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To the UN, from Women Making a Difference

About the author
Rosemary Bechler is main site Editor of openDemocracy.

32 women who have fought against violent conflict from Cambodia to Sierra Leone, have come together in our Women Making a Difference blog over the last month to ask: How does Security Council Resolution 1325 on women peace and security affect us? Has it made any difference and what difference could it make? They have been speaking in a personal capacity, drawing on their personal experience, and that of organisations to which they belong.

Now, as women delegated from around the world to lobby for the full implementation of UN SCR 1325 meet in New York, our bloggers are sending their message to the United Nations and European Union. There has been consensus on some issues, though not on others, and a strong desire on all sides to communicate with the wider world. This message summarises the ideas and concerns they have shared, and gives a few direct comments from the blog. On the eve of 1325’s fifth anniversary, we hope it will contribute to a renewal of word and deed.

1. UN SCR 1325 needs to be better known and better understood
‘1325 is a tool to give our work added force and impact, not a replacement for that work. This is more effective than just sharing the stories because 1325 is an international law obligation and we know that sometimes it is useful to speak the language of governments to make them sit up and take notice…what is important is that we find ways to make the resolution meaningful… Yes it is all in UN language but we can change that…’ Sam Cook

2. UN SCR 1325 needs to be better enforced
‘The challenge we face now is how do we hold governments and the UN accountable – hold their feet to the proverbial fire – in a way that combines the strength of different approaches? Most important of all, we need to keep engaging and combining the call for change through support and collaboration with insiders and outsiders...’ Sanam Anderlini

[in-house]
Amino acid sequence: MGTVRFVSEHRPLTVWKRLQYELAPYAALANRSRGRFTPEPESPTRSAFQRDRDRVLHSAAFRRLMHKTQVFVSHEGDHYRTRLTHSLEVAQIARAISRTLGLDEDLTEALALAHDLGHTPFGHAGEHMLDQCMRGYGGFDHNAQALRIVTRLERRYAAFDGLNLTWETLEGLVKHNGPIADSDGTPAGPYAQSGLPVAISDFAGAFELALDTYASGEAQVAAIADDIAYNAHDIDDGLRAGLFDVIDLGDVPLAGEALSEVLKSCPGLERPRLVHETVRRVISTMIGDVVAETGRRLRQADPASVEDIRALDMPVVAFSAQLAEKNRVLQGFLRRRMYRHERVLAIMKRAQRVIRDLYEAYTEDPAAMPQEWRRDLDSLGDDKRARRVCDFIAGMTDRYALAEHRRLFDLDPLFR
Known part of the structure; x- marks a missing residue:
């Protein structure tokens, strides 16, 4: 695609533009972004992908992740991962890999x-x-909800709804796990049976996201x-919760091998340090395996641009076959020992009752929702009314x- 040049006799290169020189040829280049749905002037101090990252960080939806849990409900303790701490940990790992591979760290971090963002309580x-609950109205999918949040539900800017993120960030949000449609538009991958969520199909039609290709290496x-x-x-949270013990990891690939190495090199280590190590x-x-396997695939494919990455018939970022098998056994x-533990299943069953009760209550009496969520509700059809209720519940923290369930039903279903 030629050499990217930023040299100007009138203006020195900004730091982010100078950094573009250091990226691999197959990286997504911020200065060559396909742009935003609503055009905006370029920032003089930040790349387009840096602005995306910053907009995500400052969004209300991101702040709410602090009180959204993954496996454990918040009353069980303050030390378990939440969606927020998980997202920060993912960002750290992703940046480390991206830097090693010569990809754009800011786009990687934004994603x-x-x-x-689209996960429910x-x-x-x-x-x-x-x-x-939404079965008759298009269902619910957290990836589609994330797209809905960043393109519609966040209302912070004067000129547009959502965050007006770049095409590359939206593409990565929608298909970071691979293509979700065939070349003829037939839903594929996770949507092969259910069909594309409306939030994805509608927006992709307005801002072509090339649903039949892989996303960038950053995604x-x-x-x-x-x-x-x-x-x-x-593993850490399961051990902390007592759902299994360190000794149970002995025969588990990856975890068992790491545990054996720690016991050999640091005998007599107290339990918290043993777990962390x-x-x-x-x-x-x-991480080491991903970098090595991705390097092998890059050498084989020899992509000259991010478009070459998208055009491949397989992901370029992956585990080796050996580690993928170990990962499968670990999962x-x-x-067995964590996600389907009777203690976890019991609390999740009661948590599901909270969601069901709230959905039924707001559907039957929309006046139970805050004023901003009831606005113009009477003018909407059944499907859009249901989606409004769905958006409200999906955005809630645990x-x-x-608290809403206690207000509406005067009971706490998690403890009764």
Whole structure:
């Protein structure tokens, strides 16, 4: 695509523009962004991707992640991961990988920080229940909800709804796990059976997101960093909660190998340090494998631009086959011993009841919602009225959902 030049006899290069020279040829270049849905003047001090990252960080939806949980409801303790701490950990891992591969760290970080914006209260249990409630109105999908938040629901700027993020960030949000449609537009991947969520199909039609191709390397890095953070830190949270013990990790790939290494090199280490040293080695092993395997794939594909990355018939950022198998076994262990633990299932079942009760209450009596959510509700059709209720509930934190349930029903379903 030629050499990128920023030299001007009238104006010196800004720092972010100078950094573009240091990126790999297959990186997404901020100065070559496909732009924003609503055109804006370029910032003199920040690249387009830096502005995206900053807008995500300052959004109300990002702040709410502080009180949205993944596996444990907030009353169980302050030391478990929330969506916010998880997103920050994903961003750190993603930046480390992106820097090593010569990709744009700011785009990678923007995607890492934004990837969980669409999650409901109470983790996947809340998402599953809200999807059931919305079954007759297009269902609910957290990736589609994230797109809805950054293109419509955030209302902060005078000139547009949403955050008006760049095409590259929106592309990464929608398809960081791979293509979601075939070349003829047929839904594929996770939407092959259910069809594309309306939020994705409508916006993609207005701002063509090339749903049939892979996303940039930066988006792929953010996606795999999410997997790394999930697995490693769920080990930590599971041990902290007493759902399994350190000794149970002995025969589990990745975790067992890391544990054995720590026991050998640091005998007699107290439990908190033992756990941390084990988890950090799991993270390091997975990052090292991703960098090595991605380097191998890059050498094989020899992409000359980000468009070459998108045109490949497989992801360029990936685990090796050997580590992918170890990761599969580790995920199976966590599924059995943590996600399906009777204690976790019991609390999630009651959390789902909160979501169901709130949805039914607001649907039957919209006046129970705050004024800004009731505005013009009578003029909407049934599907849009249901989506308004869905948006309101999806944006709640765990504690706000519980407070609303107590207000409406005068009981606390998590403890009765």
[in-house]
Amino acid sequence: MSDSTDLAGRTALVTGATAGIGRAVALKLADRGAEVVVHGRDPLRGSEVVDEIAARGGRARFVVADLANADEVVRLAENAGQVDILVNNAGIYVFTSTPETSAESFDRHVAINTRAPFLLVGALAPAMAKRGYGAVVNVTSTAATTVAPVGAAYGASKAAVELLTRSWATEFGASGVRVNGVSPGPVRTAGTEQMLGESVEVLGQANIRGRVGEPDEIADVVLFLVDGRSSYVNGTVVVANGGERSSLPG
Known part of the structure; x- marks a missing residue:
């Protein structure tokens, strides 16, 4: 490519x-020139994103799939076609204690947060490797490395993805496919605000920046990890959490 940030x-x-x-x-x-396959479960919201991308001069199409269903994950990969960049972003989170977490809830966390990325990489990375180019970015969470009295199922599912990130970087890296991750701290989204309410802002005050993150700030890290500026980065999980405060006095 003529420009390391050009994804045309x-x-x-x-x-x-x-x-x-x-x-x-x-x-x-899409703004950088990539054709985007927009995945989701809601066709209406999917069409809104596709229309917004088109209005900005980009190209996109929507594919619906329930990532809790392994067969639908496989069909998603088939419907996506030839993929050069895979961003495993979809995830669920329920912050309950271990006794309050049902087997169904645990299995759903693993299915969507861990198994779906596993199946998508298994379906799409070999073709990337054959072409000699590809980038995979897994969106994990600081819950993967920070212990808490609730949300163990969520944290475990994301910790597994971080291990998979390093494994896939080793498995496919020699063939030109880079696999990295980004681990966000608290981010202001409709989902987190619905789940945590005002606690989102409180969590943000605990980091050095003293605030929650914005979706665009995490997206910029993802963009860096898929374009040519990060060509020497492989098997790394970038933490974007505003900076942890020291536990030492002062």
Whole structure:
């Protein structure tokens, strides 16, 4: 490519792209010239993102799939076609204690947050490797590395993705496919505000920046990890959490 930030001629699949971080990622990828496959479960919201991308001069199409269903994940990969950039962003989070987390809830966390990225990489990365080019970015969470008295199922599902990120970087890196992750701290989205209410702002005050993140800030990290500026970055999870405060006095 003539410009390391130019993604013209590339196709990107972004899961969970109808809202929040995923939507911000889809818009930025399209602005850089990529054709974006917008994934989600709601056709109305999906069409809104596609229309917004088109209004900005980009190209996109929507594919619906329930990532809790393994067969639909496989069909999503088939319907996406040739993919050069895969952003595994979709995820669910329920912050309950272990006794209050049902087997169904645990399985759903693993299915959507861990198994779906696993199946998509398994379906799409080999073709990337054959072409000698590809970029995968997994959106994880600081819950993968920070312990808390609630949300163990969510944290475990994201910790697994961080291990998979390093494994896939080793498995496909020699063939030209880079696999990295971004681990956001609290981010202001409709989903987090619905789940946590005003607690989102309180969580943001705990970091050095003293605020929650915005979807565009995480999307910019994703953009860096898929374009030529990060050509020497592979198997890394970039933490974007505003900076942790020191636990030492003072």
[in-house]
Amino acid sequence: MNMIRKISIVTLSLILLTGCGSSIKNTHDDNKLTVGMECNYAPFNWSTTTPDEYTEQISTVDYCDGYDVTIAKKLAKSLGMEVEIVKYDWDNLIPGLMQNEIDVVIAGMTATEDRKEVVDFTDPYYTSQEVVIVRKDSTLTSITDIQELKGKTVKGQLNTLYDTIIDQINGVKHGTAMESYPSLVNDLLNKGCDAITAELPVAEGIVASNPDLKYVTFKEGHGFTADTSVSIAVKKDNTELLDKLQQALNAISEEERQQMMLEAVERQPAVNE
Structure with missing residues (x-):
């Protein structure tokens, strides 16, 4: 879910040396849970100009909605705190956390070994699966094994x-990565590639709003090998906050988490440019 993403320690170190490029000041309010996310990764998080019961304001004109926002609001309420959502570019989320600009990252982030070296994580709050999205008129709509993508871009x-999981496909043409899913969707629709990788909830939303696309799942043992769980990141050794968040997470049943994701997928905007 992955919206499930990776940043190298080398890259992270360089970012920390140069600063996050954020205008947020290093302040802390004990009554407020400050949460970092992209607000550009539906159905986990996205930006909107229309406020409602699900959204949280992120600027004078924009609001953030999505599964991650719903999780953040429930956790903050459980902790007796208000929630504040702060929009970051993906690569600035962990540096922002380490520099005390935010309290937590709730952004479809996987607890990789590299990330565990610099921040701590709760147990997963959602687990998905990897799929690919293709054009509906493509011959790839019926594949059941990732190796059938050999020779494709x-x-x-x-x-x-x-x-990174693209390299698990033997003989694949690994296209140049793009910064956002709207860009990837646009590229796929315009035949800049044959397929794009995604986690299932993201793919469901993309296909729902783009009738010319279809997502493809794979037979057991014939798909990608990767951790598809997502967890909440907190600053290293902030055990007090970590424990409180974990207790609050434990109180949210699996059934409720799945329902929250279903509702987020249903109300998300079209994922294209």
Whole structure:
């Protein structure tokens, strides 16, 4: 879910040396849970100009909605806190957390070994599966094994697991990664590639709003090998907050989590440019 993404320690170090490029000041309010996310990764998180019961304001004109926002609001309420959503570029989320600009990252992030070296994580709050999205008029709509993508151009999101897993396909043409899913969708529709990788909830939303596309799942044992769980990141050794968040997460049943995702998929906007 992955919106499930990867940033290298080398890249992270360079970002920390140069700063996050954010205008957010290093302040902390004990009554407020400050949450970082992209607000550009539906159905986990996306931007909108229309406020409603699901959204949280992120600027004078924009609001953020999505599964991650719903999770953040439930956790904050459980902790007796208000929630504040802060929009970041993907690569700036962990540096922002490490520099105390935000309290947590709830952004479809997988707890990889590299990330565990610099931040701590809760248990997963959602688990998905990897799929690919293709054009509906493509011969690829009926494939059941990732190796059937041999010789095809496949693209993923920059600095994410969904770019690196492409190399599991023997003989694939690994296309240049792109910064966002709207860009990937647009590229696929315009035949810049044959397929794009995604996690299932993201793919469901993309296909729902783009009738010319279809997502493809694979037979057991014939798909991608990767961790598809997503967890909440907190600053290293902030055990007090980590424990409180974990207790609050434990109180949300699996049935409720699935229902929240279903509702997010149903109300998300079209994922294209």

3. The participation/representation of women must go beyond numbers
Too often, after the elections, women are sent straight back to ‘where their voices and decisions do not count. A few women elected as a show-case is not enough.’ Mu Sochua

4. Our expertise must extend beyond women to gender
‘I think I went very strong on promoting women's space when I was first minister of women's affairs and it was my deputy who told me, taught me, to include men.’ Mu Sochua
‘The challenge is to make difference – in this case, the difference women make - something that is safe to imagine and to live.’ Cindy Weber

5. ‘How do you change attitudes in your society?’ We need to exchange notes …
Bloggers have found all sorts of different approaches that make change possible. Visaka’s workshops about 1325 across rural Sri Lanka have been one example of how to ‘work very hard to change the attitudes of our respective societies – the main obstacle to the implementation of 1325.’ Visaka Dharmadasa